Military service

It was at an early age that Arthur developed an interest in the army, and in 1866 he followed through on his military ambitions by enrolling at the Royal Military College at Woolwich. He graduated from there two years later, and was immediately commissioned as a lieutenant in the Corps of Royal Engineers. The Prince then later transferred to the Royal Regiment of Artillery, and finally to the Rifle Brigade, his father's own regiment, after which he conducted a long and distinguished career as an army officer, including service in South Africa, Canada in 1869, Ireland, Egypt in 1882 and in India from 1886 to 1890. It was in Canada that Arthur undertook a year's training with the Rifle Brigade and engaged in defending the Dominion from the Fenian Raids, though he was also entertained by Canadian society; amongst other activities, he attended an investiture ceremony in Montreal, was a guest at balls and gardern parties, and toured towns in Ontario and Quebec, all of which was documented in photographs that were sent back for the Queen to view. Of the Prince, Lady Lisgar, wife of then Governor General of Canada John Young, Baron Lisgar, noted in a letter to Victoria that Canadians seemed hopeful Prince Arthur would one day return as Governor General.[4]

The Duke in traditional Scottish clothing, c. 1875 – 1880.

On his mother's birthday in 1874, Arthur was created a royal peer, being titled as the Duke of Connaught and Strathearn and Earl of Sussex.[5] Some years later, Arthur came into the direct line of succession to the Duchy of Saxe-Coburg and Gotha in Germany, upon the death in 1899 of his nephew, Prince Alfred of Edinburgh, the only son of his elder brother, Prince Alfred, Duke of Edinburgh. He decided, however, to renounce his own and his son's succession rights to the duchy, which then passed to his other nephew, Prince Charles Edward, the posthumous son of Prince Leopold, Duke of Albany.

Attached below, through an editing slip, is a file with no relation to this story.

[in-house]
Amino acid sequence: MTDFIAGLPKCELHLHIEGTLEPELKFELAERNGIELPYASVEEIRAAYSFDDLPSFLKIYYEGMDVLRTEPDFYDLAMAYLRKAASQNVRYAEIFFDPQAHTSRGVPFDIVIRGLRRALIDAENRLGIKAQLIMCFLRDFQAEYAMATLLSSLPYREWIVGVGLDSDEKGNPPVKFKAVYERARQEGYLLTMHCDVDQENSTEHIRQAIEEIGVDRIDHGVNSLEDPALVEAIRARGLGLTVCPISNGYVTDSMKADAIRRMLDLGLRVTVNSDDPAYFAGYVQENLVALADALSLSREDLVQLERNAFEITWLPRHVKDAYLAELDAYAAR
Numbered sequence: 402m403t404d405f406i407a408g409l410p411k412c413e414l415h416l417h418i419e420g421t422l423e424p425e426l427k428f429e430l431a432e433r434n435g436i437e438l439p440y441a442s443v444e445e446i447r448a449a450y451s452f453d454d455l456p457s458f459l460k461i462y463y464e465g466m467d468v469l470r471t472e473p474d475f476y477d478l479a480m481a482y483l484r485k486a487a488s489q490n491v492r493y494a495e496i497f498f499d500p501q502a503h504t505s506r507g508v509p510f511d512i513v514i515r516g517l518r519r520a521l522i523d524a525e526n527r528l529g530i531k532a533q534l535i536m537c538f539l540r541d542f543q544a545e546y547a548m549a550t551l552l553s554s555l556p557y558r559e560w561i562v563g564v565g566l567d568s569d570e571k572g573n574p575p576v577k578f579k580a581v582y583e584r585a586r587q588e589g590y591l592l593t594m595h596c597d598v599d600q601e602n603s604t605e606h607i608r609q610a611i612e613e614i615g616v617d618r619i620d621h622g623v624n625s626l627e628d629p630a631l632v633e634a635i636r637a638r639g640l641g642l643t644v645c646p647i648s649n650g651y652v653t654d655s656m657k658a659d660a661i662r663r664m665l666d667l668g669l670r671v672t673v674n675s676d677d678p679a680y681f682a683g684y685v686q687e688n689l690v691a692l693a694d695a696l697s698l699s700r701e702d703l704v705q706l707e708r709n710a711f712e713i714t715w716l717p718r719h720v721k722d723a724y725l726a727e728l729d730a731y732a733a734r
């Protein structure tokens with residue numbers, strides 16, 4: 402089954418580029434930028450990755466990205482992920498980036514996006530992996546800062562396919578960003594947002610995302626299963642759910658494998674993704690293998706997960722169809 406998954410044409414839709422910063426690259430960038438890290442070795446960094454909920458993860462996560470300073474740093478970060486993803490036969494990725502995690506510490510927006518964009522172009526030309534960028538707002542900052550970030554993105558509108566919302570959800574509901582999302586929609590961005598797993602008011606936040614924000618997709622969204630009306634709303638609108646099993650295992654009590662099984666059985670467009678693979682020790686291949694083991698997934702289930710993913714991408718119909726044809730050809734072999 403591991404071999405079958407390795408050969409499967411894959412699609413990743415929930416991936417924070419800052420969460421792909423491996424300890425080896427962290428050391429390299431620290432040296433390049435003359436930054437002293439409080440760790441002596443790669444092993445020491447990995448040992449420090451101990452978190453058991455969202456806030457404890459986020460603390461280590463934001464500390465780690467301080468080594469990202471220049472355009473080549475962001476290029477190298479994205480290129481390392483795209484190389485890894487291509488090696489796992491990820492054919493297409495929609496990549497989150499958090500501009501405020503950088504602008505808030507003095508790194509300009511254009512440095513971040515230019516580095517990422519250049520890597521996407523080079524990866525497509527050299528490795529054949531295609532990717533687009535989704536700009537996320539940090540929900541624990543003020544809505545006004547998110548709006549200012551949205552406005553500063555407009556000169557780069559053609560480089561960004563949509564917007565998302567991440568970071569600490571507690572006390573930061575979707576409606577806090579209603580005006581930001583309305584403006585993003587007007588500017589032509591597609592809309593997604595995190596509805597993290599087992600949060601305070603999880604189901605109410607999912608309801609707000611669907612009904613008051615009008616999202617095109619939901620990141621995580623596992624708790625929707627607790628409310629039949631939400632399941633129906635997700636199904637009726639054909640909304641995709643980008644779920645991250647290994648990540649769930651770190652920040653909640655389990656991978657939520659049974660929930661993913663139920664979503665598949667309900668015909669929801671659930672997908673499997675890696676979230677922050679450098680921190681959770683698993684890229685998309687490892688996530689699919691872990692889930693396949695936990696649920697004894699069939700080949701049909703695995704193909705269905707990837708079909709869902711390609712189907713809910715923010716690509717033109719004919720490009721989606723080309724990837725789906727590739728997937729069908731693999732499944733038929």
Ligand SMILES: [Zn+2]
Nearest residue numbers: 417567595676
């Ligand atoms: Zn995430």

On 13 March 1879, at St. George's Chapel in Windsor Castle, Arthur married Princess Louise Margaret of Prussia, the daughter of Prince Friedrich Charles, and a grand-niece of the German Emperor, Arthur's godfather, Wilhelm I. The couple bore three children: Princess Margaret Victoria Charlotte Augusta Norah (born 15 January 1882), Prince Arthur Frederick Patrick Albert (born 13 January 1883), and Princess Victoria Patricia Helena Elizabeth (born 17 March 1886), who were all raised at the Connaughts' country home, Bagshot Park in Surrey, and after 1900 at Clarence House, the Connaughts' London residence. Through his children's marriages, Arthur became the father-in-law of Crown Prince Gustaf Adolf of Sweden, Princess Alexandra, Duchess of Fife, and Sir Alexander Ramsay, though his first two children predeceased him, Margaret while pregnant with Arthur's eighth grandchild.